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netribution > features > interview with clifford thurlow > page two

T - Tell us about the adaptation of the stage play.

C - I did an adaptation of an 18th century play and a Swiss company liked my original screenplay.

T - So you are saying that everyone needs a calling card script, you need something in your hand and I can rent you one if you want (laughter). But you got paid for that didn't you?

C - I got paid very well for that, the contract was that they owned 100% of it once I'd completed it and that I had no rights over it but when I baulked at the initial offer they doubled the amount that I was paid. While this script is being peddled around financial organisations in the US and so on, I have no rights of ownership over it whatsoever.

T - This is interesting for everyone because I was once given a contract for a script by an experienced director and producer whose number clause in the contract was that he was going to purchase my script and I baulked at that. As far as I know the writer owns the script and you should never sell the thing.

C - We do it for money that's why? I was given the chance to write a second script by getting paid for the first.

T - Well I don't challenge that by any means, I've done that many times but as a rule I don't think one should do that. This director claimed that he had always had that clause in his contract and had made 3 feature films but I won't do it anymore, as a writer you must hang on to your material. In a sense they are buying a dead horse because they've lost the person with the inspiration.

C - They can always come back to you though, I got paid for more drafts but the reason that they push to buy it is that they get paid to do so.

T - Contracts are a difficult thing and one is advised to keep it to a page to keep it simple, every new clause raises ten new questions. Clifford, moving on to your third script.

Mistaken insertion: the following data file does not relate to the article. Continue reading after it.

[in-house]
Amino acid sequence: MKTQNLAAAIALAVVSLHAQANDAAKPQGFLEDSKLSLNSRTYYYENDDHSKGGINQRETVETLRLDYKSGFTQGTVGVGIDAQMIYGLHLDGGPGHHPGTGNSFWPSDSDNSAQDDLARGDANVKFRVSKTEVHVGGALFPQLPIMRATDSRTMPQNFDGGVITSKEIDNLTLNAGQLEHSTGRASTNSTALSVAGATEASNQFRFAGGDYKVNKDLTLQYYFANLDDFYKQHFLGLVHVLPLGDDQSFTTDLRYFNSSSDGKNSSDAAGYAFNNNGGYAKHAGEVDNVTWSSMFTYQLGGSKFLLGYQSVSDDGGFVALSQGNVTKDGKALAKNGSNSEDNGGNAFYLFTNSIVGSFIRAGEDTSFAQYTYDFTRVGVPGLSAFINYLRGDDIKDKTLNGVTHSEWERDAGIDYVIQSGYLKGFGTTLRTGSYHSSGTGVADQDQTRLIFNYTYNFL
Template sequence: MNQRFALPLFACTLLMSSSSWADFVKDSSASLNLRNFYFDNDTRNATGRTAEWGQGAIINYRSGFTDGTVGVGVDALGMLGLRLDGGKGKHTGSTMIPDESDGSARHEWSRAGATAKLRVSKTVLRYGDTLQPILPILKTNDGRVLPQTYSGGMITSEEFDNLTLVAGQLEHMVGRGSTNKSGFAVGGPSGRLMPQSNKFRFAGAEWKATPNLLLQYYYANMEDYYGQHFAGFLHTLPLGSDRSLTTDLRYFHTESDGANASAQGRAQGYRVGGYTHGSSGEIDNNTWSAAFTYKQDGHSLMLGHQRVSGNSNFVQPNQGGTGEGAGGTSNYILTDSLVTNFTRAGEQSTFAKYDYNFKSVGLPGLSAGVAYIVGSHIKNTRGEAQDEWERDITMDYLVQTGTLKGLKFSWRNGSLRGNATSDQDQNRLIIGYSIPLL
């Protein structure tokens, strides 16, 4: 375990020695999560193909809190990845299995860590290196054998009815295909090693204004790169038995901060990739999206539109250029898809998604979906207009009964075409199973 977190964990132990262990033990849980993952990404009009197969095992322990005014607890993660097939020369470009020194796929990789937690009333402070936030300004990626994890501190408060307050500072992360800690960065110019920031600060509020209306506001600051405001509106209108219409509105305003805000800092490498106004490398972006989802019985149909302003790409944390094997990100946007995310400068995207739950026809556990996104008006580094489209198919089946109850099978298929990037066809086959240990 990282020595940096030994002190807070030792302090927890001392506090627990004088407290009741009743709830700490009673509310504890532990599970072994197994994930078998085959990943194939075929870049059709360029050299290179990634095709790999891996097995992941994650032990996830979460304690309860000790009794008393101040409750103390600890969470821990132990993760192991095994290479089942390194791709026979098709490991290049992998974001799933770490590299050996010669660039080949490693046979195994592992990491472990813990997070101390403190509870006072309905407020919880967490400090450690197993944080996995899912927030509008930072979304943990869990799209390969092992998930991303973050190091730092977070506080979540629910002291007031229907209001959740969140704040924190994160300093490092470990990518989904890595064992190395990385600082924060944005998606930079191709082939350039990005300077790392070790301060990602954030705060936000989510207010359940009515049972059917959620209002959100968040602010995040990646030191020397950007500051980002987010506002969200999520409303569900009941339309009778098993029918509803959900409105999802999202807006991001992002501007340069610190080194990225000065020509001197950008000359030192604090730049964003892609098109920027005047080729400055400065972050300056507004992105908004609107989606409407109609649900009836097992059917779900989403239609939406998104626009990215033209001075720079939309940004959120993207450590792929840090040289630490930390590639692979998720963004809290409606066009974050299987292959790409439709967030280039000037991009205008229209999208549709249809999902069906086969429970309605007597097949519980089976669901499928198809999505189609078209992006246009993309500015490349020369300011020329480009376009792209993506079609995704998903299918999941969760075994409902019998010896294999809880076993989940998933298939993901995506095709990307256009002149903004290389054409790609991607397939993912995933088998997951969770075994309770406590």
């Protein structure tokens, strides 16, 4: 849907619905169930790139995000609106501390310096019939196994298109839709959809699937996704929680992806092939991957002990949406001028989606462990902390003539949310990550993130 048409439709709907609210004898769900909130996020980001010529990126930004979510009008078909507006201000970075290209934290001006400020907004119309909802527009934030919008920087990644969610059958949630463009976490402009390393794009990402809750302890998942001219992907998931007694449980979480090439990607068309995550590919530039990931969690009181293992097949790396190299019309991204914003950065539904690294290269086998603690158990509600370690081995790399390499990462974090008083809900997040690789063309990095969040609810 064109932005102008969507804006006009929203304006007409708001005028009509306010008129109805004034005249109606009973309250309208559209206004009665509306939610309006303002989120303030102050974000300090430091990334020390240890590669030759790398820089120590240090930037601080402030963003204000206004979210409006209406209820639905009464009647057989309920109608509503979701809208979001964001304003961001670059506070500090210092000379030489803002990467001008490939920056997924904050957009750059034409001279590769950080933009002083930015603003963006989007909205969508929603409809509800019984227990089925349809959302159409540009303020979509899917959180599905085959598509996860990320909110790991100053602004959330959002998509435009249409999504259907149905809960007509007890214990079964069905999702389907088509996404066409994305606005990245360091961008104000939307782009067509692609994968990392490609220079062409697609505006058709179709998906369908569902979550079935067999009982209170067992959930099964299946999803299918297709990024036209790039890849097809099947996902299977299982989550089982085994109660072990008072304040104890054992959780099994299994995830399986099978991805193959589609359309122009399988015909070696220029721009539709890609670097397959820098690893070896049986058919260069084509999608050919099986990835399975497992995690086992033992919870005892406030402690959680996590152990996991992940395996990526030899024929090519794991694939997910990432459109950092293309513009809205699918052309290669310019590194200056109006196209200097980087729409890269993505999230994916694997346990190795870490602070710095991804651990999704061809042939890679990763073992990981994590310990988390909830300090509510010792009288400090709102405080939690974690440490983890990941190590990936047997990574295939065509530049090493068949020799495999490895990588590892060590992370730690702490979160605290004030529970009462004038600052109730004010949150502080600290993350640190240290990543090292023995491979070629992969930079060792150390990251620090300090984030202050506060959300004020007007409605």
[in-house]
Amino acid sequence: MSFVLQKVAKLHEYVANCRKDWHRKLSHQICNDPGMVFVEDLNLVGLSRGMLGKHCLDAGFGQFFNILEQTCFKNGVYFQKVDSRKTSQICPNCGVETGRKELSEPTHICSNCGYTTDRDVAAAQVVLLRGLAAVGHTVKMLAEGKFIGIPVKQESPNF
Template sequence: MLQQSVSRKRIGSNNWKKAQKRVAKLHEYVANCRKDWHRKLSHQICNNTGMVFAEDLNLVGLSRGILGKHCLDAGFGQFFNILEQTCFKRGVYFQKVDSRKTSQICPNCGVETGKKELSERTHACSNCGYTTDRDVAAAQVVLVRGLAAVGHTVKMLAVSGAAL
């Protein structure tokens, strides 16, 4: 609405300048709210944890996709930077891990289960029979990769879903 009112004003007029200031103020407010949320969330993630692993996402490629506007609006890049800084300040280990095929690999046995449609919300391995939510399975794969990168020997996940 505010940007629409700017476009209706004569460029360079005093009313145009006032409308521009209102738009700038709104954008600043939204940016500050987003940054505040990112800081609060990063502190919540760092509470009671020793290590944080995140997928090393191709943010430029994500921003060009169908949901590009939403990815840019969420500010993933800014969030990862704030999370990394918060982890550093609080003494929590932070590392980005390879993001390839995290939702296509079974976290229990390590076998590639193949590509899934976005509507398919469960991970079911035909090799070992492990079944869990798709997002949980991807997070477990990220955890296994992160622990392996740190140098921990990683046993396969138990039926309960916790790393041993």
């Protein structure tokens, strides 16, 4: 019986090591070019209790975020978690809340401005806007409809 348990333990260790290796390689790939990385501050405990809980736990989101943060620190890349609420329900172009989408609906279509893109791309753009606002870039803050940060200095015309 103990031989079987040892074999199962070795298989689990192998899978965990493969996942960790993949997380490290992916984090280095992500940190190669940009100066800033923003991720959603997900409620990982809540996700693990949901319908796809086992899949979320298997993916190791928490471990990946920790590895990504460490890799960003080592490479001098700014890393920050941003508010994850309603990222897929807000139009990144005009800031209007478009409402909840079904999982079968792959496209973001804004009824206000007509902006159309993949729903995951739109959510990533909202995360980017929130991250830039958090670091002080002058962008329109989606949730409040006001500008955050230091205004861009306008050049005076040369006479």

C - It from a novel that Tom Waller, who's a member here, acquired the rights to and he commissioned me to do the screenplay. That went through the usual 12 months of changes and everything else, Tom had taken it to various organisations to try to raise money and one of these was the European Media Development Agency. In December it was announced that we'd be given a thirty thousand euro award for the screenplay to do a new draft.

T - So about £1.50 then? (laughter)

C - Its about thirty thousand dollars which we were very pleased with. The result was that Tom managed to get 40% of the finance for the film, after getting that the option on the book had run out and when he went back to the author to renew it she said no. She'd just sold the rights for another one of her books for a very substantial amount of money and wasn't going to let this go for a small sum even though the finance company who wanted to fund the film had offered her twenty thousand pounds, she still said no so Tom lost the option. He's been negotiating to get it back again.

T - How do you feel about that as a writer because I know you'd put a lot of work into several drafts?

C - I just feels like another ash of the whip across the writer's back, however much work you do and however much you think that you are in control, they can still go wrong. What went wrong was that Tom didn't have a clause in the original contract to renew after a year and, of course, as the writer I had no say anyway.